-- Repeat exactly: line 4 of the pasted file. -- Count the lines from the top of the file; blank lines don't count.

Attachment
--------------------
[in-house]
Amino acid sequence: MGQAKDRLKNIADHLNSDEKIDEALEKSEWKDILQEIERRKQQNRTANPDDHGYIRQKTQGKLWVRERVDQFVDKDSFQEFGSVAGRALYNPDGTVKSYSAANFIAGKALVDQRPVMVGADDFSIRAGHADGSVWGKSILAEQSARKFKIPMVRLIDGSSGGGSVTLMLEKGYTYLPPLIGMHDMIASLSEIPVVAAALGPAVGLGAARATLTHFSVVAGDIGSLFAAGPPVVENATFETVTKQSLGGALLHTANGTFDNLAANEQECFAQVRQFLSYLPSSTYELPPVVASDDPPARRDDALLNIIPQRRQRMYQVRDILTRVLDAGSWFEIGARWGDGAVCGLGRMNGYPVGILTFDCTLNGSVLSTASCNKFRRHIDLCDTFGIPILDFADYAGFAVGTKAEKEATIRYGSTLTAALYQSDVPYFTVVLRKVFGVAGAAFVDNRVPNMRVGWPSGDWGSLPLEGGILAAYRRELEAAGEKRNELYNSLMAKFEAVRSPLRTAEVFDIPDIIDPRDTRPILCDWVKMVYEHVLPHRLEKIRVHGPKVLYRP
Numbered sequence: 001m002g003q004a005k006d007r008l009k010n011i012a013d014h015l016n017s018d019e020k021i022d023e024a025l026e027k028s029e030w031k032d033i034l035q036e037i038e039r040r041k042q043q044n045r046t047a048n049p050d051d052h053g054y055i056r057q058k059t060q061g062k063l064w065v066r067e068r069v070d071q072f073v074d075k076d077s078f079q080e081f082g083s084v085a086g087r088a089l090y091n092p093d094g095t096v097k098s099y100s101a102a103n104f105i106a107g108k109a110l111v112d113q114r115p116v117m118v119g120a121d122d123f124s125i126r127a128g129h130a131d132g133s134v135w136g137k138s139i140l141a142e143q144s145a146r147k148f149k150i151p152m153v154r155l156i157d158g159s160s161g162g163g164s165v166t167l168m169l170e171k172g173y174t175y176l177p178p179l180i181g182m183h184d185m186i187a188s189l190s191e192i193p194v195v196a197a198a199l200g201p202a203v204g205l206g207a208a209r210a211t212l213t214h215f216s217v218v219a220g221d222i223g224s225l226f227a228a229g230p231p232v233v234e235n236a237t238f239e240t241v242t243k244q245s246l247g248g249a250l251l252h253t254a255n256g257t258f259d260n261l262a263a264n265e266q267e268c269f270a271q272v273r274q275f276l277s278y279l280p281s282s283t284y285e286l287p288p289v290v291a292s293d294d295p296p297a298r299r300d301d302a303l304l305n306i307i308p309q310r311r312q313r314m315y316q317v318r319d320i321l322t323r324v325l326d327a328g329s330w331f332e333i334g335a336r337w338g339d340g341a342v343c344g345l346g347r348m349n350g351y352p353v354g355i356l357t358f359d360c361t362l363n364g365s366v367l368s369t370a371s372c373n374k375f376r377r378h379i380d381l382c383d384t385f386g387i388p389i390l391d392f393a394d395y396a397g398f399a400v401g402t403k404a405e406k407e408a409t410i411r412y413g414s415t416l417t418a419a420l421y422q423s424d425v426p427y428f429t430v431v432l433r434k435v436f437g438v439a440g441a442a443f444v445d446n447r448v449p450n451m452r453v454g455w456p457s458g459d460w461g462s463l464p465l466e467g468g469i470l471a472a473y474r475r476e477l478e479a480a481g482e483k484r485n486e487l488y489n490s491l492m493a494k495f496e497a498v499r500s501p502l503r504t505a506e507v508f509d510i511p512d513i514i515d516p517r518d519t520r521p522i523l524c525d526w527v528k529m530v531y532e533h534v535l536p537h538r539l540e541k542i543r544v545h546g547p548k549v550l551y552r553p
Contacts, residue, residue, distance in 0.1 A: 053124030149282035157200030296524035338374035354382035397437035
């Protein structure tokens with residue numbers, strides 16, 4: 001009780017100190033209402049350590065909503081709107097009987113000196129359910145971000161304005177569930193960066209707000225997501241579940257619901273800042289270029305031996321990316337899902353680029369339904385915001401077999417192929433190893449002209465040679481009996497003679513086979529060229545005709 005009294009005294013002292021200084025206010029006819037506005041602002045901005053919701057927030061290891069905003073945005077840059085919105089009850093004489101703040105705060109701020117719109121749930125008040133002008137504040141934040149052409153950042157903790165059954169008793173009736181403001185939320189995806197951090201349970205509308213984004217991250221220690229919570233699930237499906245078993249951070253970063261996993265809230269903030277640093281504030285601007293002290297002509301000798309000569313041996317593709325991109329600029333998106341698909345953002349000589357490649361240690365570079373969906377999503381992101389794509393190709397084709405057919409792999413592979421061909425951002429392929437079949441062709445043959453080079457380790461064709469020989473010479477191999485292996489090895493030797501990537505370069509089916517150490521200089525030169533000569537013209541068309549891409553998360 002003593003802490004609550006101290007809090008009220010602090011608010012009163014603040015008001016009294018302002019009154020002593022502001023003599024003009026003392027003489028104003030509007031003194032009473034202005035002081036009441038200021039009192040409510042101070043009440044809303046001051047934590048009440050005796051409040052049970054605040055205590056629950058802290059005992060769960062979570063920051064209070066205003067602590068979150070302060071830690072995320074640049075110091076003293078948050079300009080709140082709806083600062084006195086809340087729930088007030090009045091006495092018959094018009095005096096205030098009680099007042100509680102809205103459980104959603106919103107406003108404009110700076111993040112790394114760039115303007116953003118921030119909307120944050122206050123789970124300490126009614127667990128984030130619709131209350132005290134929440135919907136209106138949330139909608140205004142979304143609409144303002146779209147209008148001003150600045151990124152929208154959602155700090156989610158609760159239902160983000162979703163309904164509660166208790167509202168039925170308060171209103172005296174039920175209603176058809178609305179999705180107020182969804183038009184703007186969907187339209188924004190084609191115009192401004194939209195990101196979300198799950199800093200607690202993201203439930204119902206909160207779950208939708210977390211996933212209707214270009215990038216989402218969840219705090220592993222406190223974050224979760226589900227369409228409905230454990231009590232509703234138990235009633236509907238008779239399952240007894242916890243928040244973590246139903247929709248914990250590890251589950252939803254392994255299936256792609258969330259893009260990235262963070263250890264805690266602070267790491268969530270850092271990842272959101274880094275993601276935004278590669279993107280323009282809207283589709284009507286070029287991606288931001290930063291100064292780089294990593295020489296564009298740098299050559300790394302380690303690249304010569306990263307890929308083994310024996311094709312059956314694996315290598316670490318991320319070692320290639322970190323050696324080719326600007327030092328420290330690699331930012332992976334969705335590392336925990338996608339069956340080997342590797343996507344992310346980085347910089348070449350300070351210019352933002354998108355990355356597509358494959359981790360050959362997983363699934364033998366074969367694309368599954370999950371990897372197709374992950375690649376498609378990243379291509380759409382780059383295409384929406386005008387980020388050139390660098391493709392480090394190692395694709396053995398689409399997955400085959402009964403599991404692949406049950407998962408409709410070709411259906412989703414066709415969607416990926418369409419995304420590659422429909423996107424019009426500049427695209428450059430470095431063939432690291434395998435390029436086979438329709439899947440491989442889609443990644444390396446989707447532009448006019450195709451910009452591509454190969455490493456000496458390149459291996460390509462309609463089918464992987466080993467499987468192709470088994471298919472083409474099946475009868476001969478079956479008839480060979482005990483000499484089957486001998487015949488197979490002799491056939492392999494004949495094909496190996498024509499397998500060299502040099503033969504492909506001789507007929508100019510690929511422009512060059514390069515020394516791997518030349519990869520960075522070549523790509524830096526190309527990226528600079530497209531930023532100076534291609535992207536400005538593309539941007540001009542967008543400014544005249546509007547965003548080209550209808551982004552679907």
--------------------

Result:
Contacts, residue, residue, distance in 0.1 A: 053124030149282035157200030296524035338374035354382035397437035